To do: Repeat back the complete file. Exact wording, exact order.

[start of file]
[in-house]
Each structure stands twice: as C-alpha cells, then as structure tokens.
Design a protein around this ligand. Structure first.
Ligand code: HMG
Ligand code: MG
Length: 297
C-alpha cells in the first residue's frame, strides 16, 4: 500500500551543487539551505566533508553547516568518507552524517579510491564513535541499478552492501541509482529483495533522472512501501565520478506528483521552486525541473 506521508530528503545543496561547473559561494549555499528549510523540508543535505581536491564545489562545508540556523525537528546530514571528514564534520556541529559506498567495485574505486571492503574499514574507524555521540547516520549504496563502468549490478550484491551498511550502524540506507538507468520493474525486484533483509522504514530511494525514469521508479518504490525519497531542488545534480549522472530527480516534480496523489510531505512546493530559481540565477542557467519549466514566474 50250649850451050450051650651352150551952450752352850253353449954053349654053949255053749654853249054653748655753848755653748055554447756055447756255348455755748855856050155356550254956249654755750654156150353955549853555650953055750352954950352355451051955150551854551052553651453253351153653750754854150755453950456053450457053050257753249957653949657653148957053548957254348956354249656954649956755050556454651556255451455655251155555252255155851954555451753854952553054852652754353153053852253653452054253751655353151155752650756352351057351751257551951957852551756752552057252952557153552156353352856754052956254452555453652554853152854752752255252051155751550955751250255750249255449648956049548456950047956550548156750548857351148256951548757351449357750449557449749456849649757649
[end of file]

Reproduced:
[in-house]
Each structure stands twice: as C-alpha cells, then as structure tokens.
Design a protein around this ligand. Structure first.
Ligand code: HMG
Ligand code: MG
Length: 297
C-alpha cells in the first residue's frame, strides 16, 4: 500500500551543487539551505566533508553547516568518507552524517579510491564513535541499478552492501541509482529483495533522472512501501565520478506528483521552486525541473 506521508530528503545543496561547473559561494549555499528549510523540508543535505581536491564545489562545508540556523525537528546530514571528514564534520556541529559506498567495485574505486571492503574499514574507524555521540547516520549504496563502468549490478550484491551498511550502524540506507538507468520493474525486484533483509522504514530511494525514469521508479518504490525519497531542488545534480549522472530527480516534480496523489510531505512546493530559481540565477542557467519549466514566474 50250649850451050450051650651352150551952450752352850253353449954053349654053949255053749654853249054653748655753848755653748055554447756055447756255348455755748855856050155356550254956249654755750654156150353955549853555650953055750352954950352355451051955150551854551052553651453253351153653750754854150755453950456053450457053050257753249957653949657653148957053548957254348956354249656954649956755050556454651556255451455655251155555252255155851954555451753854952553054852652754353153053852253653452054253751655353151155752650756352351057351751257551951957852551756752552057252952557153552156353352856754052956254452555453652554853152854752752255252051155751550955751250255750249255449648956049548456950047956550548156750548857351148256951548757351449357750449557449749456849649757649